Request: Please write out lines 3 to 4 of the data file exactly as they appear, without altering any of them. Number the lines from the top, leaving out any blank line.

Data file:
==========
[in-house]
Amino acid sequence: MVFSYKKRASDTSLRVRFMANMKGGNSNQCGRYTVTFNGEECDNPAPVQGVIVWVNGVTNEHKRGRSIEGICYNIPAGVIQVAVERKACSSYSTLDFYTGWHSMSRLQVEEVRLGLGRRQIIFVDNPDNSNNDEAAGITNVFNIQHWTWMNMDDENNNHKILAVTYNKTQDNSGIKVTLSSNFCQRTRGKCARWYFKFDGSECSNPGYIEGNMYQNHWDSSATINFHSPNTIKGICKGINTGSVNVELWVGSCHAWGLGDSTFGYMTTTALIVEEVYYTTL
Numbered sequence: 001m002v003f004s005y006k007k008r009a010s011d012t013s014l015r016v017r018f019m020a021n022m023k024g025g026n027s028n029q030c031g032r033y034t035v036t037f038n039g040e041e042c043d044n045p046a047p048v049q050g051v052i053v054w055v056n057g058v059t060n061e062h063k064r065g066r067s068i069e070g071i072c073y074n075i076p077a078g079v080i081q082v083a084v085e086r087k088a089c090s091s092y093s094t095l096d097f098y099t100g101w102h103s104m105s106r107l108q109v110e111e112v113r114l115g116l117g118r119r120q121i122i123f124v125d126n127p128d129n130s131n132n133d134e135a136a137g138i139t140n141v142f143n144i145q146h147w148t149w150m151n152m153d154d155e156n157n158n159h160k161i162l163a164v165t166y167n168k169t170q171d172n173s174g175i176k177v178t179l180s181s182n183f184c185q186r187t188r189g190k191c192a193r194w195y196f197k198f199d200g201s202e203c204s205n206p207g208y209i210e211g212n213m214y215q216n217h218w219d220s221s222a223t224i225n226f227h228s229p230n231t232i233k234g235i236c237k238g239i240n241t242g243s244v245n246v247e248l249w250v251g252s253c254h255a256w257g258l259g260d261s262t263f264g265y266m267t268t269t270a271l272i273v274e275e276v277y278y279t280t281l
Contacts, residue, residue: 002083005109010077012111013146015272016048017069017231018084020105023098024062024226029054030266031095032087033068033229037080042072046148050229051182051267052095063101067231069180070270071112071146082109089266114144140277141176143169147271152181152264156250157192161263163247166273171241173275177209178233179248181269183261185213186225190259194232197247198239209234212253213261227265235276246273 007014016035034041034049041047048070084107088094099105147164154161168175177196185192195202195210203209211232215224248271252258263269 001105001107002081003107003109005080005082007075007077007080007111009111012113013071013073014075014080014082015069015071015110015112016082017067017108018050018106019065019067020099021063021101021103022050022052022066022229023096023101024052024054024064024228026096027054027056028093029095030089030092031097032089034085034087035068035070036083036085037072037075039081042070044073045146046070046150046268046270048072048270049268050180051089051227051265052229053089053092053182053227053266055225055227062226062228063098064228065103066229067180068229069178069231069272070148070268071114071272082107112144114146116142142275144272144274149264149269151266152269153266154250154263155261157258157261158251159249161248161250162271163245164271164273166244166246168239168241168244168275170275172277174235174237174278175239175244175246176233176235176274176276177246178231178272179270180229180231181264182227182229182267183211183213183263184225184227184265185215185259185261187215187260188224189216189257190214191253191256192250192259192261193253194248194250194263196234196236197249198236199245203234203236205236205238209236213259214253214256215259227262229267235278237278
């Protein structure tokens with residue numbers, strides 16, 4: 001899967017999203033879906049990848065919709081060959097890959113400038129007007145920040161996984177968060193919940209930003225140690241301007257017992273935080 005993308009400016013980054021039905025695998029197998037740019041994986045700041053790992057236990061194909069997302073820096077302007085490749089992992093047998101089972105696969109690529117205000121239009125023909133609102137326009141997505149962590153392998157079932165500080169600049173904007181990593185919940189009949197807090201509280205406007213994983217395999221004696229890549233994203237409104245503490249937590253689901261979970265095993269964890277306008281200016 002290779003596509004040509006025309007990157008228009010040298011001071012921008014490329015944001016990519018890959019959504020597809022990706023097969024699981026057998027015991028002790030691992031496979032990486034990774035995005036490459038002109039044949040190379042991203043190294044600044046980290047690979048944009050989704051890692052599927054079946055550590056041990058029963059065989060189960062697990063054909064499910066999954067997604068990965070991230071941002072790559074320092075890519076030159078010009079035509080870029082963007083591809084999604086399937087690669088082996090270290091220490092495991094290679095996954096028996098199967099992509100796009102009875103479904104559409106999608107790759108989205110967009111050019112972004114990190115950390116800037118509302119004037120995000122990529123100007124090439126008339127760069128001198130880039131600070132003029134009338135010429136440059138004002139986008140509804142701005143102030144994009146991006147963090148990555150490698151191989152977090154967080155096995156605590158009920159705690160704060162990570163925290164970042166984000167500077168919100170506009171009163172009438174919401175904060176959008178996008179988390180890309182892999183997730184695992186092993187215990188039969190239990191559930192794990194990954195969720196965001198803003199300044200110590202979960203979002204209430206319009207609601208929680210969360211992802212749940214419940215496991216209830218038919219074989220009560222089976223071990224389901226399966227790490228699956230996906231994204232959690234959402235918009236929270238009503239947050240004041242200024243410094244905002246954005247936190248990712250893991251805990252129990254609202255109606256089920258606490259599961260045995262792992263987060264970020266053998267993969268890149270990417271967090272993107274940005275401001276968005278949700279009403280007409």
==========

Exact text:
Numbered sequence: 001m002v003f004s005y006k007k008r009a010s011d012t013s014l015r016v017r018f019m020a021n022m023k024g025g026n027s028n029q030c031g032r033y034t035v036t037f038n039g040e041e042c043d044n045p046a047p048v049q050g051v052i053v054w055v056n057g058v059t060n061e062h063k064r065g066r067s068i069e070g071i072c073y074n075i076p077a078g079v080i081q082v083a084v085e086r087k088a089c090s091s092y093s094t095l096d097f098y099t100g101w102h103s104m105s106r107l108q109v110e111e112v113r114l115g116l117g118r119r120q121i122i123f124v125d126n127p128d129n130s131n132n133d134e135a136a137g138i139t140n141v142f143n144i145q146h147w148t149w150m151n152m153d154d155e156n157n158n159h160k161i162l163a164v165t166y167n168k169t170q171d172n173s174g175i176k177v178t179l180s181s182n183f184c185q186r187t188r189g190k191c192a193r194w195y196f197k198f199d200g201s202e203c204s205n206p207g208y209i210e211g212n213m214y215q216n217h218w219d220s221s222a223t224i225n226f227h228s229p230n231t232i233k234g235i236c237k238g239i240n241t242g243s244v245n246v247e248l249w250v251g252s253c254h255a256w257g258l259g260d261s262t263f264g265y266m267t268t269t270a271l272i273v274e275e276v277y278y279t280t281l
Contacts, residue, residue: 002083005109010077012111013146015272016048017069017231018084020105023098024062024226029054030266031095032087033068033229037080042072046148050229051182051267052095063101067231069180070270071112071146082109089266114144140277141176143169147271152181152264156250157192161263163247166273171241173275177209178233179248181269183261185213186225190259194232197247198239209234212253213261227265235276246273 007014016035034041034049041047048070084107088094099105147164154161168175177196185192195202195210203209211232215224248271252258263269 001105001107002081003107003109005080005082007075007077007080007111009111012113013071013073014075014080014082015069015071015110015112016082017067017108018050018106019065019067020099021063021101021103022050022052022066022229023096023101024052024054024064024228026096027054027056028093029095030089030092031097032089034085034087035068035070036083036085037072037075039081042070044073045146046070046150046268046270048072048270049268050180051089051227051265052229053089053092053182053227053266055225055227062226062228063098064228065103066229067180068229069178069231069272070148070268071114071272082107112144114146116142142275144272144274149264149269151266152269153266154250154263155261157258157261158251159249161248161250162271163245164271164273166244166246168239168241168244168275170275172277174235174237174278175239175244175246176233176235176274176276177246178231178272179270180229180231181264182227182229182267183211183213183263184225184227184265185215185259185261187215187260188224189216189257190214191253191256192250192259192261193253194248194250194263196234196236197249198236199245203234203236205236205238209236213259214253214256215259227262229267235278237278